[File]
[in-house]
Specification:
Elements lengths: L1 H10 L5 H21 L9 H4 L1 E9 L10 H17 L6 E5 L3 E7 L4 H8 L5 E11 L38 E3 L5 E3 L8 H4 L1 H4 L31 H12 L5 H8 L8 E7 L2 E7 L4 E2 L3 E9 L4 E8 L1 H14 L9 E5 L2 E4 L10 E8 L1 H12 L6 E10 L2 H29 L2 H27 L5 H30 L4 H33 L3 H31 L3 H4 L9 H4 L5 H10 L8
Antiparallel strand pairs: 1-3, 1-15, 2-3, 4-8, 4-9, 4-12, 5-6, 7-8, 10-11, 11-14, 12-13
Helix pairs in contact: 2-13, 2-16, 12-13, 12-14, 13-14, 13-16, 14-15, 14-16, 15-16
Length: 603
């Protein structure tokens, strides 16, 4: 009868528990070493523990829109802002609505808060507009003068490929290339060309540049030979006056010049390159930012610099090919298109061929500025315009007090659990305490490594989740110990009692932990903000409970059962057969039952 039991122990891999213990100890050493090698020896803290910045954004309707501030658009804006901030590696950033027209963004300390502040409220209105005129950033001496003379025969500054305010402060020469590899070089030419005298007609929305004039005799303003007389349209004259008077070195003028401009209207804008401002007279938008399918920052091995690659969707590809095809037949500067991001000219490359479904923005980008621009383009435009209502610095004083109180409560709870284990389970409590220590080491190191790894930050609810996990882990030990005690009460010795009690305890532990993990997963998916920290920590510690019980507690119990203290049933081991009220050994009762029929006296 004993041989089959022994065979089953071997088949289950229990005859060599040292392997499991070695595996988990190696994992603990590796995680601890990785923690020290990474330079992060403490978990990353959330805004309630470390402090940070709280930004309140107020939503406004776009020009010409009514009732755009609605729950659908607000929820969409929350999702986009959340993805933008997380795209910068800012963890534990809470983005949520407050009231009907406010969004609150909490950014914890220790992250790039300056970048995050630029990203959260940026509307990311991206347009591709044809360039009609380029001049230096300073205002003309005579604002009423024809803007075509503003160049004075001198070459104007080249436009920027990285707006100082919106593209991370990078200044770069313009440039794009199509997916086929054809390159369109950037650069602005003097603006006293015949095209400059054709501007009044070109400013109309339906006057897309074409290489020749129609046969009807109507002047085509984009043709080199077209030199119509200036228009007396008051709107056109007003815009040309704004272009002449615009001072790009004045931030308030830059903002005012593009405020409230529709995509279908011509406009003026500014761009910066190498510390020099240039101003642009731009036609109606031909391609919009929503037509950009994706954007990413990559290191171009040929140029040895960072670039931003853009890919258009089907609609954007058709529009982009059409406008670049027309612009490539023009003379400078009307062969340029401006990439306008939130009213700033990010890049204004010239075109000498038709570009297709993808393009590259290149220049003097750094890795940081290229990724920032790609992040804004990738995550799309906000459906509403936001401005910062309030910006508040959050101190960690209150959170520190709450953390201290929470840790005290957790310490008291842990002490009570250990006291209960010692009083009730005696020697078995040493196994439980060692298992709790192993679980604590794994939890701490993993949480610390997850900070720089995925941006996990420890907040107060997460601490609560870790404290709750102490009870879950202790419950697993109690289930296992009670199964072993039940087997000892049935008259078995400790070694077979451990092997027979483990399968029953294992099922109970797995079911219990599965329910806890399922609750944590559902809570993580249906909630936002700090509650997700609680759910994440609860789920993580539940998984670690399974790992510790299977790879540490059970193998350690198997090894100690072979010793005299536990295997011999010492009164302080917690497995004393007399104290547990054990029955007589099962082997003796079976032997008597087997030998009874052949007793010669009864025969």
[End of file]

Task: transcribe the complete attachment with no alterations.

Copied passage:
[in-house]
Specification:
Elements lengths: L1 H10 L5 H21 L9 H4 L1 E9 L10 H17 L6 E5 L3 E7 L4 H8 L5 E11 L38 E3 L5 E3 L8 H4 L1 H4 L31 H12 L5 H8 L8 E7 L2 E7 L4 E2 L3 E9 L4 E8 L1 H14 L9 E5 L2 E4 L10 E8 L1 H12 L6 E10 L2 H29 L2 H27 L5 H30 L4 H33 L3 H31 L3 H4 L9 H4 L5 H10 L8
Antiparallel strand pairs: 1-3, 1-15, 2-3, 4-8, 4-9, 4-12, 5-6, 7-8, 10-11, 11-14, 12-13
Helix pairs in contact: 2-13, 2-16, 12-13, 12-14, 13-14, 13-16, 14-15, 14-16, 15-16
Length: 603
């Protein structure tokens, strides 16, 4: 009868528990070493523990829109802002609505808060507009003068490929290339060309540049030979006056010049390159930012610099090919298109061929500025315009007090659990305490490594989740110990009692932990903000409970059962057969039952 039991122990891999213990100890050493090698020896803290910045954004309707501030658009804006901030590696950033027209963004300390502040409220209105005129950033001496003379025969500054305010402060020469590899070089030419005298007609929305004039005799303003007389349209004259008077070195003028401009209207804008401002007279938008399918920052091995690659969707590809095809037949500067991001000219490359479904923005980008621009383009435009209502610095004083109180409560709870284990389970409590220590080491190191790894930050609810996990882990030990005690009460010795009690305890532990993990997963998916920290920590510690019980507690119990203290049933081991009220050994009762029929006296 004993041989089959022994065979089953071997088949289950229990005859060599040292392997499991070695595996988990190696994992603990590796995680601890990785923690020290990474330079992060403490978990990353959330805004309630470390402090940070709280930004309140107020939503406004776009020009010409009514009732755009609605729950659908607000929820969409929350999702986009959340993805933008997380795209910068800012963890534990809470983005949520407050009231009907406010969004609150909490950014914890220790992250790039300056970048995050630029990203959260940026509307990311991206347009591709044809360039009609380029001049230096300073205002003309005579604002009423024809803007075509503003160049004075001198070459104007080249436009920027990285707006100082919106593209991370990078200044770069313009440039794009199509997916086929054809390159369109950037650069602005003097603006006293015949095209400059054709501007009044070109400013109309339906006057897309074409290489020749129609046969009807109507002047085509984009043709080199077209030199119509200036228009007396008051709107056109007003815009040309704004272009002449615009001072790009004045931030308030830059903002005012593009405020409230529709995509279908011509406009003026500014761009910066190498510390020099240039101003642009731009036609109606031909391609919009929503037509950009994706954007990413990559290191171009040929140029040895960072670039931003853009890919258009089907609609954007058709529009982009059409406008670049027309612009490539023009003379400078009307062969340029401006990439306008939130009213700033990010890049204004010239075109000498038709570009297709993808393009590259290149220049003097750094890795940081290229990724920032790609992040804004990738995550799309906000459906509403936001401005910062309030910006508040959050101190960690209150959170520190709450953390201290929470840790005290957790310490008291842990002490009570250990006291209960010692009083009730005696020697078995040493196994439980060692298992709790192993679980604590794994939890701490993993949480610390997850900070720089995925941006996990420890907040107060997460601490609560870790404290709750102490009870879950202790419950697993109690289930296992009670199964072993039940087997000892049935008259078995400790070694077979451990092997027979483990399968029953294992099922109970797995079911219990599965329910806890399922609750944590559902809570993580249906909630936002700090509650997700609680759910994440609860789920993580539940998984670690399974790992510790299977790879540490059970193998350690198997090894100690072979010793005299536990295997011999010492009164302080917690497995004393007399104290547990054990029955007589099962082997003796079976032997008597087997030998009874052949007793010669009864025969």